How does H.G Wells create suspense in The Cone? Essay

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How does H.G Wells create suspense in The Cone?

There are numerous techniques that an author can use to create interest and suspense when writing a gothic story. Examples of these are short sentences, pathetic fallacy, and emotive language. However
Wells then goes on to combine this with a romantic element, and incorporates a crime of passion into the story. So not only does Wells use the gothic genre and its techniques to create tension, but also that of the romantic genre.

This story is written in the third person, which works superbly as it gives an overview of the opinions of all the characters and their thoughts. For instance Wells writes, ‘She had an impulse to warn him in an undertone, but she could not frame a word.
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Raut says, ‘But what does it matter? An end comes, an end to all this cruelty …… TO- MORROW.’ This could be a sign that perhaps
Raut and Mrs Horrocks were intending to run away the next day, leaving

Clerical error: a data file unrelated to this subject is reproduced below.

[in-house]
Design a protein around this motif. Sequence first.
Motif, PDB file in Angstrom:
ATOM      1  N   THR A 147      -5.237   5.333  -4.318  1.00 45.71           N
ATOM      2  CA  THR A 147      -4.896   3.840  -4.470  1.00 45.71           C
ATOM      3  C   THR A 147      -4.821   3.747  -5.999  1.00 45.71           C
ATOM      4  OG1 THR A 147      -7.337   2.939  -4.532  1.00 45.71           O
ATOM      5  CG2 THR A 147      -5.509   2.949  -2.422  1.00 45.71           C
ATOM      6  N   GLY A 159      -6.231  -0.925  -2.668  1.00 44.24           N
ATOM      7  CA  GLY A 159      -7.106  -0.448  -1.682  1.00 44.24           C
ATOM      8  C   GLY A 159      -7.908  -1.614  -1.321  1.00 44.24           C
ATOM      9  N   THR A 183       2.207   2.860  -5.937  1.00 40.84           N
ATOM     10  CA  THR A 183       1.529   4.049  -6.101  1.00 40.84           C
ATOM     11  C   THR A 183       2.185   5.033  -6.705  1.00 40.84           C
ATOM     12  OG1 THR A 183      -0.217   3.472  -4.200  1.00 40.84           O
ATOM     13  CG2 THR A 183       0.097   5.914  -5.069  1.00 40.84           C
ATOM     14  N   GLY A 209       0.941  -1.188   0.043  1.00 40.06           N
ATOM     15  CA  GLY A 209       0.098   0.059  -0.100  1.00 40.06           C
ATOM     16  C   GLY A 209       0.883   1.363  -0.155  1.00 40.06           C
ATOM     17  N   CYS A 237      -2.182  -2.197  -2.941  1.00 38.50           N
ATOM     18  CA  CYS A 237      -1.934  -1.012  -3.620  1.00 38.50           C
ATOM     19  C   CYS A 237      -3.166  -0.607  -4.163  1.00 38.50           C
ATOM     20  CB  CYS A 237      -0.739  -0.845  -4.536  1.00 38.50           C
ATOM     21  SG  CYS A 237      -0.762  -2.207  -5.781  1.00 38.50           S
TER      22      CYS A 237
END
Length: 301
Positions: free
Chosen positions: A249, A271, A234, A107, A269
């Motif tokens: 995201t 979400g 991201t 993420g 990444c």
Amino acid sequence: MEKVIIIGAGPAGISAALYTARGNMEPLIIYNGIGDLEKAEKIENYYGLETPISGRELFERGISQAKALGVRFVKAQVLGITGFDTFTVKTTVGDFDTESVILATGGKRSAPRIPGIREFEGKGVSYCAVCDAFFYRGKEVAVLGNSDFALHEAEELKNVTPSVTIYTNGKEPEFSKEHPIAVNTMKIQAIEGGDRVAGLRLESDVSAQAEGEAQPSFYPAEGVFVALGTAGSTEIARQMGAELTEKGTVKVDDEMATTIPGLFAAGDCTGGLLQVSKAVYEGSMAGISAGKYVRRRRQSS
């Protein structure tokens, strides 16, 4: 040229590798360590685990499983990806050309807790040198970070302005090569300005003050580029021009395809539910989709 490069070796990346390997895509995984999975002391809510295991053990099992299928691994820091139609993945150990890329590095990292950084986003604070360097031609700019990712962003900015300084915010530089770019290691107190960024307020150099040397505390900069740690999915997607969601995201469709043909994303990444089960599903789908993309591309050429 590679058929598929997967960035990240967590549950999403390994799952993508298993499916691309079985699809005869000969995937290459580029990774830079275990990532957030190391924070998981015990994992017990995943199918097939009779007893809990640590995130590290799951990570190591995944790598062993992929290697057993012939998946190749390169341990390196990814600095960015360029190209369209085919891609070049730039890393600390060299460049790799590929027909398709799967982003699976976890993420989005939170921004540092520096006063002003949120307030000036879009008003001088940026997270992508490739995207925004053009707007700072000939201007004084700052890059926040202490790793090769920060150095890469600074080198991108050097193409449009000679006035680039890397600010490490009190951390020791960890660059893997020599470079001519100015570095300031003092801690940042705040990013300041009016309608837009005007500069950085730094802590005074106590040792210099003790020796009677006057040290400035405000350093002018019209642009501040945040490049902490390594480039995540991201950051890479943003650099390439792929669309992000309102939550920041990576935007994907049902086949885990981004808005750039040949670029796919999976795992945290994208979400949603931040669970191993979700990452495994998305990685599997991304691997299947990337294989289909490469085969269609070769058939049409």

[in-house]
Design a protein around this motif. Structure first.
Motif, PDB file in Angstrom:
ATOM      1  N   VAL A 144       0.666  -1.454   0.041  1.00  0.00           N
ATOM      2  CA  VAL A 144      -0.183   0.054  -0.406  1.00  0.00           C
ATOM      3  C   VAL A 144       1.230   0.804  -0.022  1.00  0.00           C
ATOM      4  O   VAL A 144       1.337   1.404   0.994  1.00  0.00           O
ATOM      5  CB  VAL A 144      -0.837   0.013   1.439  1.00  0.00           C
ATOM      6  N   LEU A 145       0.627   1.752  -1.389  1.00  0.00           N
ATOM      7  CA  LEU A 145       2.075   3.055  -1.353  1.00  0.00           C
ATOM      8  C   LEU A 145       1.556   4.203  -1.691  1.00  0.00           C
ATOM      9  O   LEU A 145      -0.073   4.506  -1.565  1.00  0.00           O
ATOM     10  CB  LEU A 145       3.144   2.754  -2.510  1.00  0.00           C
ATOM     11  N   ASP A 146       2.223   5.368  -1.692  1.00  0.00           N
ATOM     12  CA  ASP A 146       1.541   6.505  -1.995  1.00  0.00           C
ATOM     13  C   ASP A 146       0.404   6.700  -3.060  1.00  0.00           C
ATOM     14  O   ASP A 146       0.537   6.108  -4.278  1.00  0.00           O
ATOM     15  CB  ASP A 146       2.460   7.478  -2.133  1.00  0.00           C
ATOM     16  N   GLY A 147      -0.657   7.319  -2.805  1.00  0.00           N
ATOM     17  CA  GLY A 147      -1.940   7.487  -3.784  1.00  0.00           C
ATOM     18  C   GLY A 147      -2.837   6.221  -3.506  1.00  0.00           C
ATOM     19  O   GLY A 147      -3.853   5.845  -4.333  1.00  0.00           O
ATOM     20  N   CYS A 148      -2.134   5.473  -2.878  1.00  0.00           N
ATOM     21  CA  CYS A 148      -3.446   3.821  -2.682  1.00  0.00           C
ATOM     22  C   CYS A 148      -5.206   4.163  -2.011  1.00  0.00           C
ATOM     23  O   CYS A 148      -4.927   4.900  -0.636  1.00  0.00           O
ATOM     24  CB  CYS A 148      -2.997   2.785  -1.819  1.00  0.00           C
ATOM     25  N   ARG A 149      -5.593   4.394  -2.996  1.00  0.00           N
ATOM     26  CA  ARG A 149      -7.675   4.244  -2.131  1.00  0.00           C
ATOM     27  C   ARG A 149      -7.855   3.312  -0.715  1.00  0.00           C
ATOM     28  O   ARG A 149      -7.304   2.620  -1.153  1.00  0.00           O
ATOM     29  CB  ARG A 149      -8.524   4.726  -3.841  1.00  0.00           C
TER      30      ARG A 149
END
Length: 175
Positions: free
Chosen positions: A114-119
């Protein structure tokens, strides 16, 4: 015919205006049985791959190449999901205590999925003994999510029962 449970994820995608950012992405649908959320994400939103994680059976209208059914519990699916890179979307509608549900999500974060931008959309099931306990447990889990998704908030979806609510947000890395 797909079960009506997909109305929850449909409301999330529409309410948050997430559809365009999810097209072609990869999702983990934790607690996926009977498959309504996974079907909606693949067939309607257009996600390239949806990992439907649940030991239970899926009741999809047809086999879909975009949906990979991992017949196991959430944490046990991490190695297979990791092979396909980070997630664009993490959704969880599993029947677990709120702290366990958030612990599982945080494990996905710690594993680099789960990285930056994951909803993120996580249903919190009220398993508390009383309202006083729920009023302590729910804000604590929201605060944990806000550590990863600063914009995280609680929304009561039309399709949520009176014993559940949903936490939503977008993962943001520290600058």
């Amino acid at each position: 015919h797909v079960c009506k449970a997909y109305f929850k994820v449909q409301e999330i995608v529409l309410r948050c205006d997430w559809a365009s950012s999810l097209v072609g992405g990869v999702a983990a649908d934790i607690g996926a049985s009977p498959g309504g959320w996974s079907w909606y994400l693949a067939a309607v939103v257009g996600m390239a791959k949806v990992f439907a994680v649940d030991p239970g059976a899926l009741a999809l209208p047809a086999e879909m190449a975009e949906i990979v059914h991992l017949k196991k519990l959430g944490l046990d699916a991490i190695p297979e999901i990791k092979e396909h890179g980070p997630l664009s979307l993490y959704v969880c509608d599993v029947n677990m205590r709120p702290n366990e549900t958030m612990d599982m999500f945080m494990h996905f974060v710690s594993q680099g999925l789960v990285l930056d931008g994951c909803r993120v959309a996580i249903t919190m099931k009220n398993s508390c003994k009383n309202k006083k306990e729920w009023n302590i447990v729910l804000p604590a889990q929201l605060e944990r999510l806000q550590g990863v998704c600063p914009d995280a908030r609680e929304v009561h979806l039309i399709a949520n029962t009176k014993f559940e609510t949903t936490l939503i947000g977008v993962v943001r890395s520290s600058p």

Mr Horrocks behind. If this was the case this could be another romantic element of the story, two lovers running away to be together, but twisted into a gothic genre because they are stopped in their tracks. The two men in the story offer two opposite ends of the spectrum, one is a romantic and the other a slightly clumsy industry man who thinks only of work. Even their names help to convey this, Horrocks sounds very simple and English whereas Raut sounds European and slightly more upper class.

The story is set in three key places, in a garden, a railway crossing, and an iron works, which all have their individual gothic elements.
The garden is portrayed as a dark, still place, with an atmospheric sky looming overhead, the railway crossing is where Raut experiences a near death incident, but oddly enough Horrocks saves him, then the final setting, the iron works, perhaps the most gothic of all. ‘As they came out of the labyrinth of clinker heaps and mounds of coal and ore, the noises of the rolling mill sprang upon them suddenly, loud, near and distinct.’ The iron works was loud, noisy, mechanical and hot, fire was poignant in every description of the building and indications of the

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